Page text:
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World Of Money: Teaching Our Children Financial Literacy

Your child may have inherited your eyes or your smile, but unfortunately, being financially literate cannot be passed down genetically. For your son and daughter to be able to make intelligent, informed money decisions, you need to teach them how. To assist you in tackling the task of instructing your kids about finances, here are a few commonly used tools and techniques that can generate genuine financial interest and make learning fun, interactive and relevant.

Get creative with allowances

Most parents use allowances as a means of introducing their children to the concept of money management, but Steve Schaffer, the CEO of Offers.com and parent of three, feels that parents are missing out on several unique instructional opportunities with allowances. Shaffer and his wife designed an allowance system for their kids in which each child receives a weekly payment of $5 in addition to 50 cents for each year of age. This means that a 12-year-old receives $5 plus an age adjustment of $6, for a total of $11 each week. From each “paycheck,” 15 percent is placed in a savings account, 25 percent is deducted for “family tax” and 10 percent is reserved for charity. The benefits of such a system include practicing addition and subtraction, working with fractions and percentages and recognizing the importance of being kind and generous.

Many U.S. banks and financial institutions are already on board with beginning finance education at an early age and have implemented online tools for children. A game such as The Great Piggy Bank Adventure, a collection of financial lessons hosted by a friendly gabbing piggy bank, is a great tool for allowing kids to practice their skills.

Allow children to learn from mistakes

Let’s say your child wants to spend his or her money on a toy that you know is junk and likely to break within 24 hours or your child wants to buy a toy that you know will be played with once and then forgotten. Go ahead and allow the purchase, letting your child waste money and learn from a bad spending decision. It’s likely you won’t even have to point out that your child should not have spent money on something of poor quality or on a fleeting whim.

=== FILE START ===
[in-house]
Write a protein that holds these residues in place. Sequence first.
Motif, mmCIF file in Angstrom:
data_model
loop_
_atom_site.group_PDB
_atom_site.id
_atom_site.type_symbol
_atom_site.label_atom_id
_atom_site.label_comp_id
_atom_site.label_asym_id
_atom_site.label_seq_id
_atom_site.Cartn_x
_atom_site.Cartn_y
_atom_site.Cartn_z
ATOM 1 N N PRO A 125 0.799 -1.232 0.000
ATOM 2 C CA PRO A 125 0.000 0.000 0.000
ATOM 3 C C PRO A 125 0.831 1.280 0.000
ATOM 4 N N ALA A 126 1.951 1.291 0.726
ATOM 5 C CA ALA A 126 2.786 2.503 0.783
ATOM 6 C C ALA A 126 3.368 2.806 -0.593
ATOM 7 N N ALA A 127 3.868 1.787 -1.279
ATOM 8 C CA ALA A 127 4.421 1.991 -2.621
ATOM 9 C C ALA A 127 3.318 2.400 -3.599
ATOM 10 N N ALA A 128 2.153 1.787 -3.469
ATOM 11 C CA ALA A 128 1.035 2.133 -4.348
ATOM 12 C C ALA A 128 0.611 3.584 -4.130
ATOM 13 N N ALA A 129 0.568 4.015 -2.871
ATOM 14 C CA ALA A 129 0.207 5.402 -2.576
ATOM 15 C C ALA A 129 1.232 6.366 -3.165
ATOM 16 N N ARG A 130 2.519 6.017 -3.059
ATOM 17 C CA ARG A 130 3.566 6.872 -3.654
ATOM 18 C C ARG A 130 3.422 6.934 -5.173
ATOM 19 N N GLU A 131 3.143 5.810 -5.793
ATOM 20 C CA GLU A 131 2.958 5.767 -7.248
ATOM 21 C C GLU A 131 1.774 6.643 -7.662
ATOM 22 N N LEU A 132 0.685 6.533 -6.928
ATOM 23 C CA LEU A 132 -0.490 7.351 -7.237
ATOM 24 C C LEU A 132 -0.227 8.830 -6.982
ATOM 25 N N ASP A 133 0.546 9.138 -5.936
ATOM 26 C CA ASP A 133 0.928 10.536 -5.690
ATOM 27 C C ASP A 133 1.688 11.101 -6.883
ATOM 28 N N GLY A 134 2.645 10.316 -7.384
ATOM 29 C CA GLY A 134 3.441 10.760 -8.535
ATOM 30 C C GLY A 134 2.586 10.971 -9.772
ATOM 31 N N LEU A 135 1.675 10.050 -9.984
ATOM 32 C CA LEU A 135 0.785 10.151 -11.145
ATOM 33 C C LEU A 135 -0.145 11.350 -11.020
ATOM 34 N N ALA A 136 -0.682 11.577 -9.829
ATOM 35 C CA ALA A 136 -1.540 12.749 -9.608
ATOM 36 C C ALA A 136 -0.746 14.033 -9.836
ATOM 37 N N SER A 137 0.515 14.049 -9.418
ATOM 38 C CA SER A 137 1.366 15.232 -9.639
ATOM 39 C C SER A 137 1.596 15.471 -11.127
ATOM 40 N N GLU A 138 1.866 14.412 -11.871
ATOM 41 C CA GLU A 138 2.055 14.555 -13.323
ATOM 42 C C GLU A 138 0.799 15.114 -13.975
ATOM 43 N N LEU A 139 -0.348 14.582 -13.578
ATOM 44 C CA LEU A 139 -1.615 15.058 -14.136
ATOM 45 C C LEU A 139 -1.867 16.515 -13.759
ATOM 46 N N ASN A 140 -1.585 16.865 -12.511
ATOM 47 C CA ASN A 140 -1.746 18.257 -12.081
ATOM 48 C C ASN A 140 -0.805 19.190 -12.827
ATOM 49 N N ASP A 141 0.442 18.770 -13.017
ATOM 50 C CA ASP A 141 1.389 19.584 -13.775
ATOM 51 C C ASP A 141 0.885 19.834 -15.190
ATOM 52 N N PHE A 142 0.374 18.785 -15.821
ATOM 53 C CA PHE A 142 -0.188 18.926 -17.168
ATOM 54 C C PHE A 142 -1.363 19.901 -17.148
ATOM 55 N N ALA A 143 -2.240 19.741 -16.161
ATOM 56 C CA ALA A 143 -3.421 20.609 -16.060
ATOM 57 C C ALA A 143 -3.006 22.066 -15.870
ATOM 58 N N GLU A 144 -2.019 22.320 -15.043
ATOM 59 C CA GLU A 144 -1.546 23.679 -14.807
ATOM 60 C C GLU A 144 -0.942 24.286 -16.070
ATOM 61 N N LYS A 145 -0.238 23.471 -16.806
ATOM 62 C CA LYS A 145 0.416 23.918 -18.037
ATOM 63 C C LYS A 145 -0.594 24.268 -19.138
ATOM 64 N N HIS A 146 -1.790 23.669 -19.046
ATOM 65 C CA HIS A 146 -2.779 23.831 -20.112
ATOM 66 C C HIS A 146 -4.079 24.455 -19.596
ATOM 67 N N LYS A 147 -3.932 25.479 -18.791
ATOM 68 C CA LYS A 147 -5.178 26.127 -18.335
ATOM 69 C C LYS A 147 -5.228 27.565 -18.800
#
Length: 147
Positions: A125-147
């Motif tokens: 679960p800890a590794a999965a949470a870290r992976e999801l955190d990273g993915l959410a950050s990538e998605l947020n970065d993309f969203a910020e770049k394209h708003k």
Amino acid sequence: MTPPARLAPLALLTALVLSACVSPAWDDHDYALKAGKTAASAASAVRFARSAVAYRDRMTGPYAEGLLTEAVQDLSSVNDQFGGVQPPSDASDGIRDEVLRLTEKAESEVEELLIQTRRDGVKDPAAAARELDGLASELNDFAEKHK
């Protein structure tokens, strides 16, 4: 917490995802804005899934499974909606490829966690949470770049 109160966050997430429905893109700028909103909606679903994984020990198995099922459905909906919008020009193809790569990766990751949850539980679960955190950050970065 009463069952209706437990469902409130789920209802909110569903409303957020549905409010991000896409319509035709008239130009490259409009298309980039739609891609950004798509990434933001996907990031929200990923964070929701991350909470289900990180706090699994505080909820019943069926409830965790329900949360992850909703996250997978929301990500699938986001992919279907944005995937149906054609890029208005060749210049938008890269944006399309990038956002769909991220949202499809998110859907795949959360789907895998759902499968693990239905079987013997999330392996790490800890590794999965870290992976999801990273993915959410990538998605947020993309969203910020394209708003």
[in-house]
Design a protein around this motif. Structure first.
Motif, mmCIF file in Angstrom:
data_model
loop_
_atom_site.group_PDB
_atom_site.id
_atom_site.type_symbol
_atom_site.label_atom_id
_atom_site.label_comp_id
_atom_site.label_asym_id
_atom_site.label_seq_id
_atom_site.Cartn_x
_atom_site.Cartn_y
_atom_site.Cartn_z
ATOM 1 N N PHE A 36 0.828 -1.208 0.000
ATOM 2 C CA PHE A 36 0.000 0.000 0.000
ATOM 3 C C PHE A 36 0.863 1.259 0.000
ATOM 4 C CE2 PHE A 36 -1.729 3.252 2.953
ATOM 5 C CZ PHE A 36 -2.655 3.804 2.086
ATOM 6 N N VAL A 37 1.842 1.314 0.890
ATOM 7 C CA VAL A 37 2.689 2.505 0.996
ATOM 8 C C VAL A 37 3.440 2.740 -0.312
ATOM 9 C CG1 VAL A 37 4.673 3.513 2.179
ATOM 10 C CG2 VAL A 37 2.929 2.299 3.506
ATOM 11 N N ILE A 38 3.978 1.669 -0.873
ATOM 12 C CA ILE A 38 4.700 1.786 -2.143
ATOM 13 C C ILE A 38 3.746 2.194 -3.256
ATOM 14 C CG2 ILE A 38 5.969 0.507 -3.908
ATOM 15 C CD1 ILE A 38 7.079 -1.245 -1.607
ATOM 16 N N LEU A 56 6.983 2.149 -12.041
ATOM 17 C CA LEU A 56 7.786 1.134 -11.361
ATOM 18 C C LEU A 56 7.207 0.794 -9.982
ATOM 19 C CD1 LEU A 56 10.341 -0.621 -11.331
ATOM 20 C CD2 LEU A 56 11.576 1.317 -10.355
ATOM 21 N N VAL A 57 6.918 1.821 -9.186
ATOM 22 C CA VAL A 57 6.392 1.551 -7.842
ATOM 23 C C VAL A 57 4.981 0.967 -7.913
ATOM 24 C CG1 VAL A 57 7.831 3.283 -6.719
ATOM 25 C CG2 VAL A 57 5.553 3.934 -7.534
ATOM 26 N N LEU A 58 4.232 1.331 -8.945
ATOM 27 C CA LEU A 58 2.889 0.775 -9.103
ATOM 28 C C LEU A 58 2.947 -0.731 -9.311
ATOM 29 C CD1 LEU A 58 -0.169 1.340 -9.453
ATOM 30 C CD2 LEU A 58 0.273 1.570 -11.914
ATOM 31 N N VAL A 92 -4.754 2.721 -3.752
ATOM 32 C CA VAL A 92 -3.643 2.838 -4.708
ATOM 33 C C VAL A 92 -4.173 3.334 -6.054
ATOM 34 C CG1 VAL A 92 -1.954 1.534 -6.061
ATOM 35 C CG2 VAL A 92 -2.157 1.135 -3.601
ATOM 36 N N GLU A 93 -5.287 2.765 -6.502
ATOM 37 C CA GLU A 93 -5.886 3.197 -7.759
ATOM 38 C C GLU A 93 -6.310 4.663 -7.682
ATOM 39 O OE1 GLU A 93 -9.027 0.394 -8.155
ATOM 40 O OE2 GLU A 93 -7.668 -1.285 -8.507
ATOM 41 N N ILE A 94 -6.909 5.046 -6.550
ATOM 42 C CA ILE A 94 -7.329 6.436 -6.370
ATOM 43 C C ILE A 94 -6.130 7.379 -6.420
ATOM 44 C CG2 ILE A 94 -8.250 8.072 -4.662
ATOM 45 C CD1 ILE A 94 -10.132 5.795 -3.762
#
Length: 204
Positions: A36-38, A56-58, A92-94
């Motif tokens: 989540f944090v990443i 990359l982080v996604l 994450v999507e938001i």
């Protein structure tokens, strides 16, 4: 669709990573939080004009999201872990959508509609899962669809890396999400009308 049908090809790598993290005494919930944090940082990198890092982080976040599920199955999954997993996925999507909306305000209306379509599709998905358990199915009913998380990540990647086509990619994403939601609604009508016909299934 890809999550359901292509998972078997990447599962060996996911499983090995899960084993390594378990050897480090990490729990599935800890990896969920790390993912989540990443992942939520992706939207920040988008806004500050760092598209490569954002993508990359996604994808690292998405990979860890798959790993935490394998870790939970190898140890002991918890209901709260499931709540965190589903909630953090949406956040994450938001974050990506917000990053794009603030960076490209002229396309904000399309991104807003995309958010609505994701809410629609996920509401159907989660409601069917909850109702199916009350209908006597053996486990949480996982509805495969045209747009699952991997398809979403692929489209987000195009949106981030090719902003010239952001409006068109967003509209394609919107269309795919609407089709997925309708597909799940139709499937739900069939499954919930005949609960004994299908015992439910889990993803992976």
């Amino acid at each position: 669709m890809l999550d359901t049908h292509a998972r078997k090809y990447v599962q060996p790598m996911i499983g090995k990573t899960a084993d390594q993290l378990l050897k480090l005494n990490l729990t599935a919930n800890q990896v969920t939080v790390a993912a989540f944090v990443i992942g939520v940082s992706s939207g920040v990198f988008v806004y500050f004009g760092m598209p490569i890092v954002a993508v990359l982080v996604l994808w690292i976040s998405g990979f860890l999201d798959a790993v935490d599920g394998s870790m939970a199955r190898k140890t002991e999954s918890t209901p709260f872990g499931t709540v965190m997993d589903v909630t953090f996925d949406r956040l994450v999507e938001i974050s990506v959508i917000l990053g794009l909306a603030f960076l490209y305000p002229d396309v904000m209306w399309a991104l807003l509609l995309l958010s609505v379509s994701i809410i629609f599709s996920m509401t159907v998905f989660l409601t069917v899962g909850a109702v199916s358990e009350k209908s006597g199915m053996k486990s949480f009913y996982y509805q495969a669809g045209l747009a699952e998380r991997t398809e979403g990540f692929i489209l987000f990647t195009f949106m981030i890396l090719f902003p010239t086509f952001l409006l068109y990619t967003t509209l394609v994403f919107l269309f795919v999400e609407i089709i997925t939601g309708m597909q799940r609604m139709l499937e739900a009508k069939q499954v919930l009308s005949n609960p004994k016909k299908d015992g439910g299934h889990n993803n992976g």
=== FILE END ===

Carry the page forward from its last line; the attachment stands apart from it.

The lessons to be derived from such a practice include shopping for high-quality products, avoiding impulse buying and feeling the pain of buyer’s remorse. Better for them to learn now than to learn years from now on a significantly more expensive purchase.

Be future oriented

No aspect of modern life has escaped the far reach of technology; finances are no exception. The world today is trending toward complete digitization of all currency, and economists currently estimate that only 8 percent of all the world’s currency is physical cash.

There are more methods than ever, so acquainting your children with this evolving trend is a good idea. Many of the digital payment methods are conducted via smartphone. By gaining a familiarity with managing, spending and saving money using a smartphone — preferably a phone compatible with Android Pay and Samsung Pay such as the Samsung Galaxy S7 — your young learner will be better prepared to handle the marriage of money and technology in the years to come. Heck, they probably already know more about your smartphone than you do.

If you think your children are too young to deal with money and finance on their own, or if you believe they will learn these skills in school, you may be wrong. Considering the lack of financial literacy in college students, the earlier you begin teaching your kids about money and finance, the better off they will be.

from http://www.eurweb.com

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